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The Mass Spectrometer Topic 2.2

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Review of Topic 2.1

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X Mass Number (A) protons + neutrons A Atomic Number (Z) number of protons Z n+/n- Charge (n) Atoms have no charge, so this is left blank. Ions are atoms that have gained or lost electrons, the charge is indicated here. The symbol (X) for a given element

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Mass Spectrometer (Topic 2.2)

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has many applications, but one of the simplest is to determine the natural abundances of the isotopes of a particular element – the relative atomic mass can be calculated from the data from the mass spectrometer Mass spectrometer video (2:26) http://www.youtube.com/watch?v=_L4U6ImYSj0

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a positively charged particle is deflected along a circular path that is proportional to its mass/charge ratio – m/z mass is m charge is z occurs in a vacuum the machine can be adjusted in order to look at certain particles

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Five parts (a simple diagram with these parts is required) – vaporization a substance is first converted to a vapor/gaseous state – ionization the sample (atoms or molecules) are bombarded with a stream of electrons – the collisions knock one or more electrons off to make positive ions – normally one electron is knocked off leaving a 1+ charge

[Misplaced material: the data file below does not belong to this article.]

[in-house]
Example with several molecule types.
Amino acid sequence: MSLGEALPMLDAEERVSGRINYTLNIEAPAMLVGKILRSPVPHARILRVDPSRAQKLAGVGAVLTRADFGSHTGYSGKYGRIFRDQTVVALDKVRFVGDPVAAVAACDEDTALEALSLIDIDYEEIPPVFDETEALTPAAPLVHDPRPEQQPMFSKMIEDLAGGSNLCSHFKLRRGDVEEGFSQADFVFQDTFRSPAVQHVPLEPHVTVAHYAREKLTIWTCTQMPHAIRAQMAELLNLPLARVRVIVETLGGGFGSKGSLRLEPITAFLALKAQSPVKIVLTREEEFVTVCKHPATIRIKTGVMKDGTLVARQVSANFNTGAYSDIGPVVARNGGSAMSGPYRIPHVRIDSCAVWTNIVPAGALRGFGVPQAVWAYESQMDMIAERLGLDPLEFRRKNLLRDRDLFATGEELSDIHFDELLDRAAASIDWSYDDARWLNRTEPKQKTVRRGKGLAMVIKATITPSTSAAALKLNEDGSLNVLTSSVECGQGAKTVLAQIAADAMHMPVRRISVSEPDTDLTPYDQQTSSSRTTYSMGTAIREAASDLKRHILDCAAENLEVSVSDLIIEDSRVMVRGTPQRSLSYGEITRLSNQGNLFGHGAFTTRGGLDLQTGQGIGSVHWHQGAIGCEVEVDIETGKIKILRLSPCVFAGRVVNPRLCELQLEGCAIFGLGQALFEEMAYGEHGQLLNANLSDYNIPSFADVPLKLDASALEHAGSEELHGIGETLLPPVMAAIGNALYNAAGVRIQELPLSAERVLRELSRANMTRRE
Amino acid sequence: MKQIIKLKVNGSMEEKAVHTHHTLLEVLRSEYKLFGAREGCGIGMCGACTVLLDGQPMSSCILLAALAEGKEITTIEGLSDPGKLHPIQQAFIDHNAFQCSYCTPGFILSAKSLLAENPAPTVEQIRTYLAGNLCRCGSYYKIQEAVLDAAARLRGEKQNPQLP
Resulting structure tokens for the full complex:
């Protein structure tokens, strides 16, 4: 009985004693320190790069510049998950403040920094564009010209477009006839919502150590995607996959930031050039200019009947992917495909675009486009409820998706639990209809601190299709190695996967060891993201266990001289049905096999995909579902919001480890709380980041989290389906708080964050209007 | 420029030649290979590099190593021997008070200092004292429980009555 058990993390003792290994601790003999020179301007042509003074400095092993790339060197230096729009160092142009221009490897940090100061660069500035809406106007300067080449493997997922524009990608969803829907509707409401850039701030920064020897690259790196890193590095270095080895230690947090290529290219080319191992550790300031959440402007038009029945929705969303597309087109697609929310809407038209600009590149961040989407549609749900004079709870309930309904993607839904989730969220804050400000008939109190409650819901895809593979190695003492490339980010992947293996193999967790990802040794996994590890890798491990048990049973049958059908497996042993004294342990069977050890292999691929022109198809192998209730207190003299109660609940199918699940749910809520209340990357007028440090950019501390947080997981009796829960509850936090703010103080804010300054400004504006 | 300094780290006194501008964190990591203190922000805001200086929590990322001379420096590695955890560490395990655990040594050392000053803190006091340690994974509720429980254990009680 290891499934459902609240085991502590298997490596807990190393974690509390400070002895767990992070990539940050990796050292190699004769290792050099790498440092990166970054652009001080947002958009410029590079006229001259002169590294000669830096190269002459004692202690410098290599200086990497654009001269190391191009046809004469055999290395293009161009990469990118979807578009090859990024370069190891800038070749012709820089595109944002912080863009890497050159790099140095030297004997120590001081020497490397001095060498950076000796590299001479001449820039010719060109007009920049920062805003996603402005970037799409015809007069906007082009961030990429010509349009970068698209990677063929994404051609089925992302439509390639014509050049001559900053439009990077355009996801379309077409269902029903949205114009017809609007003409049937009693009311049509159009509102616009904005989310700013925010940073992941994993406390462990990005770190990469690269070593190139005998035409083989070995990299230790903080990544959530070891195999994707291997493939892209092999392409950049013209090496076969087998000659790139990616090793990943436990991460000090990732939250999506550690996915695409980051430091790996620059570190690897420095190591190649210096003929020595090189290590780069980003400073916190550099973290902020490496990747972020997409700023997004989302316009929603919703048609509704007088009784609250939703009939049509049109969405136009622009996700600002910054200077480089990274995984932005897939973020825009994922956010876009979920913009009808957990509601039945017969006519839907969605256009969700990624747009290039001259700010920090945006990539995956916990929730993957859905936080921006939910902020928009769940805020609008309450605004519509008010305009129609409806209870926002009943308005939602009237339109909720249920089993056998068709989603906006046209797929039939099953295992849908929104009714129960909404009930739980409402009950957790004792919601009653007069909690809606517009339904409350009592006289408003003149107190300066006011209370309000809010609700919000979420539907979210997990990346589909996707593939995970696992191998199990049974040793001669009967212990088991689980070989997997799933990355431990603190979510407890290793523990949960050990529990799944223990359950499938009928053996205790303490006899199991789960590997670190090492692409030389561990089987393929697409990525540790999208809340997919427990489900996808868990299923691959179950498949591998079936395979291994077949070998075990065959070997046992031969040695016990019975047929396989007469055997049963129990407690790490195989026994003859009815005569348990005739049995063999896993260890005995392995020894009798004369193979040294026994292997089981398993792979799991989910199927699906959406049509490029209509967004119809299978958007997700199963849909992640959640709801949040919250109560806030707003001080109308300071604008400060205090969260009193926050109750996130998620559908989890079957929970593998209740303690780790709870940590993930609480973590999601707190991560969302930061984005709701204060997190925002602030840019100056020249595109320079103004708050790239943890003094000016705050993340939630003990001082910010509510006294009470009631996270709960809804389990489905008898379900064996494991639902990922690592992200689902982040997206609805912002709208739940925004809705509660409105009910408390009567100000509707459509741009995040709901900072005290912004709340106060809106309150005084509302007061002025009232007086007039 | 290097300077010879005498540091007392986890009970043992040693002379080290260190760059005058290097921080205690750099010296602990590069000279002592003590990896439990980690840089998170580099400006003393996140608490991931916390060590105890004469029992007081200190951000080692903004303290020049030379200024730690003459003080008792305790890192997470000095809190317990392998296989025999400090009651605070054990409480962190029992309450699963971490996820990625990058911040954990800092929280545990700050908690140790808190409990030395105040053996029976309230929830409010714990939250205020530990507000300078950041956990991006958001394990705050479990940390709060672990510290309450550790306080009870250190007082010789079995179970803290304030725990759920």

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– acceleration sample is accelerated through a magnetic field – deflection ions are deflected with a magnet and electromagnetic field deflections depends on: – lighter particles deflect more – higher positive charged particles deflect more – detection particles with different masses will be detected at different points at the end

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deflection

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Carbon- 12 as a standard carbon- 12 – ALL masses on the periodic table are based on their relationship to carbon-12 the C-12 atom has been given the atomic weight of exactly 12.000000000 and is used as the basis upon which the atomic weight of other isotopes is determined

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magnesium results from the mass spectrometer: – 80% 24 Mg – 10% 25 Mg – 10% 26 Mg Calculate the relative atomic mass of magnesium with the provided data. (2.2.3) just a simple weighted mean –.80(24) +.10(25) +.10(26) = 24.3 amu

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Calculate the abundance (the % of each isotope found in nature) of each isotope (2.2.3) Rubidium (Rb) has relative atomic mass of 85.47 and two isotopes – rubidium- 85 and rubidium- 87 make rubidium 85 = x make rubidium 87 = y – (x · 85) + (y · 87) = 85.47 x + y = 1 therefore substitute (1 – x) for y – (x · 85) + ((1-x) · 87) = 85.47 solve for x x =.765 or 76.5% for rubidium- 85 therefore y =.235 or 23.5% for rubidium- 87 Be clear with your answer and state the percent of each isotope.

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Module 2: Analytical methods and separation techniques.

Module 2: Analytical methods and separation techniques.

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